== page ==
OCD-Support group on Yahoo about providing information and changing beliefs as a way to treat OCD rather than doing exposures. When someone asks about a particular feared consequence in the OCD-Support group, there is almost always several people writing to reassure the person that what they fear won't happen, and sometimes a defensiveness about the basic human need for accurate information and compassion. What unfolds in many cases is that the person already knows the information(ie. how HIV is contracted), has had repeated tests, and asked the same questions many times.
A compulsion is usually the tip of the iceberg, with a lot of suffering underneath, and there are always people who will say, "That's not a compulsion, that's a good idea." At age 27, I once told a doctor I was anxious about skin cancer, and she said "Good, you should be." She didn't know that I was checking my moles constantly, researching skin cancer, and that none of this actually made me any better and identifying moles that might be abnormal. It's not compassion to encourage life eroding rituals.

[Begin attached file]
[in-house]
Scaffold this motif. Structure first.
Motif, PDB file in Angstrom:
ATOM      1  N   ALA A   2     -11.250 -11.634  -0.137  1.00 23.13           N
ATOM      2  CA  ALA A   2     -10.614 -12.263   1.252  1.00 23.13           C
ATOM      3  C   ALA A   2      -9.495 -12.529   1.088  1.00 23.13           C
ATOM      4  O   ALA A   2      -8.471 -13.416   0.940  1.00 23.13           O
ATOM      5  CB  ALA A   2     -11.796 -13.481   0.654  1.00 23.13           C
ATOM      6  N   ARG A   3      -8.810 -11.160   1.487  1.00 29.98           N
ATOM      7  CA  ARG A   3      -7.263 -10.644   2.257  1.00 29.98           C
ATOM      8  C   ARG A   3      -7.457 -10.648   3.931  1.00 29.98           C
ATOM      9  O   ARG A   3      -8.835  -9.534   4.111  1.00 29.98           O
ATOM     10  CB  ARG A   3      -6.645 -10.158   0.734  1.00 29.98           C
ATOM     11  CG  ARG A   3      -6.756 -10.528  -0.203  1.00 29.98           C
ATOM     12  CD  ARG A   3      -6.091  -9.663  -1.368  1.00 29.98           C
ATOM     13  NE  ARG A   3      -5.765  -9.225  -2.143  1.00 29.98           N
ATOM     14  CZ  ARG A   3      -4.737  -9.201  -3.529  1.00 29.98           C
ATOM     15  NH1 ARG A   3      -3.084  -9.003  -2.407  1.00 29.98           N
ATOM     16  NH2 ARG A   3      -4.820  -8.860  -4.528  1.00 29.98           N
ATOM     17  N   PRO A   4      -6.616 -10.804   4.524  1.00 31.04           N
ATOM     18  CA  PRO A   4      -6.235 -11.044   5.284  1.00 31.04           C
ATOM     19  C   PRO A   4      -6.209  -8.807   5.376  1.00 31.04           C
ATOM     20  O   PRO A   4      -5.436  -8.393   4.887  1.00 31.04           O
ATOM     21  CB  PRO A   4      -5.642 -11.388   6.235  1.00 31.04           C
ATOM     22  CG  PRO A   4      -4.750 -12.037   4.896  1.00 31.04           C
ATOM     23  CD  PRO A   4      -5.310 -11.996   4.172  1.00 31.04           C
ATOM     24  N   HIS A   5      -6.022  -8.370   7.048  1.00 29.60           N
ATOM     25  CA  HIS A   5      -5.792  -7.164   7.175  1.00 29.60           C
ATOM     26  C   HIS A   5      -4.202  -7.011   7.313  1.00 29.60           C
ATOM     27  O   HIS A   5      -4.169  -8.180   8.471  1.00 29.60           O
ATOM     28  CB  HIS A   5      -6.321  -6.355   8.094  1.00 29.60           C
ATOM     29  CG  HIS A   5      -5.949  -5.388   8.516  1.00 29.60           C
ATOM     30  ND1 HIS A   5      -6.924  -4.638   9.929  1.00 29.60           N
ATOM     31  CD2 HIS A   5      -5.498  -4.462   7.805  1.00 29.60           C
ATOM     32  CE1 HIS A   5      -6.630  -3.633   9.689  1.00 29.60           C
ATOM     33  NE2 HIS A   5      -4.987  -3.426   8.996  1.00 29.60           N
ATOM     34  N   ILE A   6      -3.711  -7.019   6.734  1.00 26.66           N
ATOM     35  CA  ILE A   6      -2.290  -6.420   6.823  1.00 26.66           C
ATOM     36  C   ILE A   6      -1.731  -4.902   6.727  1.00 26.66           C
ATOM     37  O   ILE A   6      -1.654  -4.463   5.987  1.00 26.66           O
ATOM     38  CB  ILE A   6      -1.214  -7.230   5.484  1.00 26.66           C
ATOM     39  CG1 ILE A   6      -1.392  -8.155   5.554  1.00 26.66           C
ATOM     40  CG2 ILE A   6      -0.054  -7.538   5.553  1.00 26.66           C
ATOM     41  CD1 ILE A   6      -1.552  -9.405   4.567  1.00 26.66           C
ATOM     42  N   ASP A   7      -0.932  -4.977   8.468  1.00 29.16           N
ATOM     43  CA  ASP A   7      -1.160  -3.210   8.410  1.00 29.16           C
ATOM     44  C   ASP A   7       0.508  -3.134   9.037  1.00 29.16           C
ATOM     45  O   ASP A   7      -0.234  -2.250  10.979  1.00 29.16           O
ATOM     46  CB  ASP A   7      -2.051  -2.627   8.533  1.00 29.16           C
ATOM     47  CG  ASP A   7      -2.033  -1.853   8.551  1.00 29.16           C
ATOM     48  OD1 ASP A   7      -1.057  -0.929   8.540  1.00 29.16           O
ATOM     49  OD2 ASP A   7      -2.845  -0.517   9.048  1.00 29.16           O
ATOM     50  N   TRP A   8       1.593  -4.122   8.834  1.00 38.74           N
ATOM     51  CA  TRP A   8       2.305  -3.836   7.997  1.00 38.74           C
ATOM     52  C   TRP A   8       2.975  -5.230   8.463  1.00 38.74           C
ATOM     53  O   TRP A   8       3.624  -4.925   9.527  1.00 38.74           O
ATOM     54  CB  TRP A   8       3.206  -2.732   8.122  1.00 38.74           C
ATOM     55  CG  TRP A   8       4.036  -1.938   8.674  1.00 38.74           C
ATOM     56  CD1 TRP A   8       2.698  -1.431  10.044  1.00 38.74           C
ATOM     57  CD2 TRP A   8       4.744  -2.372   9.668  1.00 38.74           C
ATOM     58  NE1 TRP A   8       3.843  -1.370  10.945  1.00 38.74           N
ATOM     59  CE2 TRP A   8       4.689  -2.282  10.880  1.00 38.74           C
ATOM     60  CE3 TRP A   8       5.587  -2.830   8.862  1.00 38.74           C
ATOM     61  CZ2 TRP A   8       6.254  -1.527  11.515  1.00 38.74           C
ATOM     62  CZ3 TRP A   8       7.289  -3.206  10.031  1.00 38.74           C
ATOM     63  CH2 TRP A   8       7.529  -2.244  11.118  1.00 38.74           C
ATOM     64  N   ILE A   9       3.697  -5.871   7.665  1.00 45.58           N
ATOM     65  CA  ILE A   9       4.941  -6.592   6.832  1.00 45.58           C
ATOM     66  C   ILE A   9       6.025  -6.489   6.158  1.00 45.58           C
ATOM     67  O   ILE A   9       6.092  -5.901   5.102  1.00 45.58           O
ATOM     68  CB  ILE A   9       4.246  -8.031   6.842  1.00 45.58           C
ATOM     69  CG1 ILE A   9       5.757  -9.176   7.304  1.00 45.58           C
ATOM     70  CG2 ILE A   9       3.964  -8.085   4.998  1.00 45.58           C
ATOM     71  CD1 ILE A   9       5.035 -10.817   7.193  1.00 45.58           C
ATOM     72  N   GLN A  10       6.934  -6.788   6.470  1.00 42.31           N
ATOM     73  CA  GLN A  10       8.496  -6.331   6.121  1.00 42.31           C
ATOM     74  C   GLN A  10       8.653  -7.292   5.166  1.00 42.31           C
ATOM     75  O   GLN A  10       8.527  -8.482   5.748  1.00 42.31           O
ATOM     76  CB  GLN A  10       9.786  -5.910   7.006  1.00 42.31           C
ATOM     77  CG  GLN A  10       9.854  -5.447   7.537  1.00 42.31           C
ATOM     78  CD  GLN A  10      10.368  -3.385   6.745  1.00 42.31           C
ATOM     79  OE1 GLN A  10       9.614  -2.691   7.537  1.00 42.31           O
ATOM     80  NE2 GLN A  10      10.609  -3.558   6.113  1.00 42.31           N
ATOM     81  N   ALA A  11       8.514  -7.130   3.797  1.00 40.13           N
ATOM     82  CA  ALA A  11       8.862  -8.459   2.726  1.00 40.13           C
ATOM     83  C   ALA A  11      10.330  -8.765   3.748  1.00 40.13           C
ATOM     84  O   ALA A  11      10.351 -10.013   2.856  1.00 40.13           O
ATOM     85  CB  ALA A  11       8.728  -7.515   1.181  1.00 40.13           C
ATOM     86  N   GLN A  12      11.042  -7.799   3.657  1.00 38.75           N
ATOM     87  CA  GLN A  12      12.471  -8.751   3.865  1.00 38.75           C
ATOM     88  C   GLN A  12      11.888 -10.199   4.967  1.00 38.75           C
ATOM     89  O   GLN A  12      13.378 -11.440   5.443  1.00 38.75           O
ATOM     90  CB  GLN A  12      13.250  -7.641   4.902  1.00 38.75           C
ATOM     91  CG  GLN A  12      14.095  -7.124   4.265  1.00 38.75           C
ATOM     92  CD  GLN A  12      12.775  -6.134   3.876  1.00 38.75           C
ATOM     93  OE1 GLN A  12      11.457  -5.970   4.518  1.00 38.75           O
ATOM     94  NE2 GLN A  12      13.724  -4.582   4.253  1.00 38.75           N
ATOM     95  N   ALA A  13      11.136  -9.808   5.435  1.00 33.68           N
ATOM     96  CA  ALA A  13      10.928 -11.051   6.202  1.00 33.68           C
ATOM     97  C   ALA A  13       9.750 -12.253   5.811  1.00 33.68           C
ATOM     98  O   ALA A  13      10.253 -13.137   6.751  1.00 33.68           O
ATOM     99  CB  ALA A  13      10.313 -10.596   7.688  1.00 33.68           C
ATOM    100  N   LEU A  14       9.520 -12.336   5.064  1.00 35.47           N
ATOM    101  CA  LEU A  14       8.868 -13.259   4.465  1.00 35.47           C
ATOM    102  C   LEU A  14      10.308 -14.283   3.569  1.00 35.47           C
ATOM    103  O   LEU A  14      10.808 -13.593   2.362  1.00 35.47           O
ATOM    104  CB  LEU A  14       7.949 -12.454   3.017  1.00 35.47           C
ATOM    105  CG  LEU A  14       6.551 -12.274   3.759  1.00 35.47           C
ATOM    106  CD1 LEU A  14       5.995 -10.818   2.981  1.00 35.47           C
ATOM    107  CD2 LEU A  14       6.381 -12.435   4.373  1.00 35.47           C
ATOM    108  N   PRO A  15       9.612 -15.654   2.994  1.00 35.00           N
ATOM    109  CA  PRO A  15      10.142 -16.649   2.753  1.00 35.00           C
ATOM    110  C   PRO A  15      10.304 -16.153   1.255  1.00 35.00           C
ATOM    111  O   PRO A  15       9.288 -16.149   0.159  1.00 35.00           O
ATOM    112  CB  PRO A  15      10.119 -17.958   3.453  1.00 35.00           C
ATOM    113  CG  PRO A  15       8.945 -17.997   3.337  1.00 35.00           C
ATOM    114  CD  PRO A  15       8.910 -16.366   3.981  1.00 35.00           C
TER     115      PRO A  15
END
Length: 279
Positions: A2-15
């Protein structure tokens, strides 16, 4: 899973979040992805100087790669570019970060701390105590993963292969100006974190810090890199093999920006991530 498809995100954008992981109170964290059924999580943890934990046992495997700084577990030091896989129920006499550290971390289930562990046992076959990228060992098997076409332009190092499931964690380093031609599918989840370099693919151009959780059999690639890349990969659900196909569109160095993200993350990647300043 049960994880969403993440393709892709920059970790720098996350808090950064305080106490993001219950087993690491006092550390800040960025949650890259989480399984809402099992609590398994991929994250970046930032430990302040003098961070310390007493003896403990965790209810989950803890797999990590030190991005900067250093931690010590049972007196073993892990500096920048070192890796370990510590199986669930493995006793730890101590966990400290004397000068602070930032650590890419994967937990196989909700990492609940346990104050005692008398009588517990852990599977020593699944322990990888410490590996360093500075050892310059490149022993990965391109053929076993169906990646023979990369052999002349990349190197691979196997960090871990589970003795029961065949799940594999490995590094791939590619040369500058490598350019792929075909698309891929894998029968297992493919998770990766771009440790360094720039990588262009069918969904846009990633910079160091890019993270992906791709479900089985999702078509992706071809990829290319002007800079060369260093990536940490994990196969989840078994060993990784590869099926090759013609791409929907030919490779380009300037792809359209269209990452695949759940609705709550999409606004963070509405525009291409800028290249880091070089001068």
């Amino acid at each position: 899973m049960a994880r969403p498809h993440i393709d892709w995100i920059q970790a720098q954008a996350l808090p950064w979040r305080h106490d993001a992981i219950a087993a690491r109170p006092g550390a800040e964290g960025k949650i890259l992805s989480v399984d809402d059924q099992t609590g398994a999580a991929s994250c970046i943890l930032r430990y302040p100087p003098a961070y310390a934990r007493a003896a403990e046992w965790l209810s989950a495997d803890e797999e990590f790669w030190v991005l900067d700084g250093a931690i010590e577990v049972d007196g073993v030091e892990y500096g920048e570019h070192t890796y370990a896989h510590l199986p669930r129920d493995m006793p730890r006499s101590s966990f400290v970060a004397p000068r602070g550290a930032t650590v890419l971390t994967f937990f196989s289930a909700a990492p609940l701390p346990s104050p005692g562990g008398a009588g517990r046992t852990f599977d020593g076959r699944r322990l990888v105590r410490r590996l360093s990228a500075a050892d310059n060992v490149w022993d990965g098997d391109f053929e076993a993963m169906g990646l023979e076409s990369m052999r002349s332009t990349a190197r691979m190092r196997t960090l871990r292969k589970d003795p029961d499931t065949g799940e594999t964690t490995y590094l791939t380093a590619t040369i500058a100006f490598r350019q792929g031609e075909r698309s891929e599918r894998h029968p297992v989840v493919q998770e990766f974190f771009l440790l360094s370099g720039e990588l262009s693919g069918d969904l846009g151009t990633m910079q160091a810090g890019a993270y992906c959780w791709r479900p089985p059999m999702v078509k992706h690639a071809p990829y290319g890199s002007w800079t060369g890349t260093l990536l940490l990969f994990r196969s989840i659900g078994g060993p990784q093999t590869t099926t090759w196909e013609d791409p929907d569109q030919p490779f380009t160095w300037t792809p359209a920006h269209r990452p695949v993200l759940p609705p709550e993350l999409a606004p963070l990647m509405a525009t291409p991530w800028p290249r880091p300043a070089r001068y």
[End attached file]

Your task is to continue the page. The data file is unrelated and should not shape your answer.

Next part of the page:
In my experience, I could never get enough information. I've earned my living doing research, and I'm good at it. I read 12 books on OCD the first month I started treatment with Leonard, but it wasn't helping me since I was trying assuage the part of me that was afraid I didn't have the perfect treatment, and that I wouldn't get better.
Fortunately, I was able to be honest with my therapist about all the reading I was doing. He didn't fit the authoritarian stereotype of an Exposure Therapist, and he did give me some information, but it was information about the nature of the disorder, about the constant desire to have 100% certainty, and that his clients get better, but he couldn't give me an absolute guarantee, and asked me to consider taking the risk and doing the treatment, and not reading more books. He wasn't asking me to follow him unquestioned, or demanding I do what he wanted. He was appealing to the healthy observant part of myself that wanted to get better. We all have this part, no matter how buried under OCD.
Brain-Circuit-Based Therapies for OCD
5 hours ago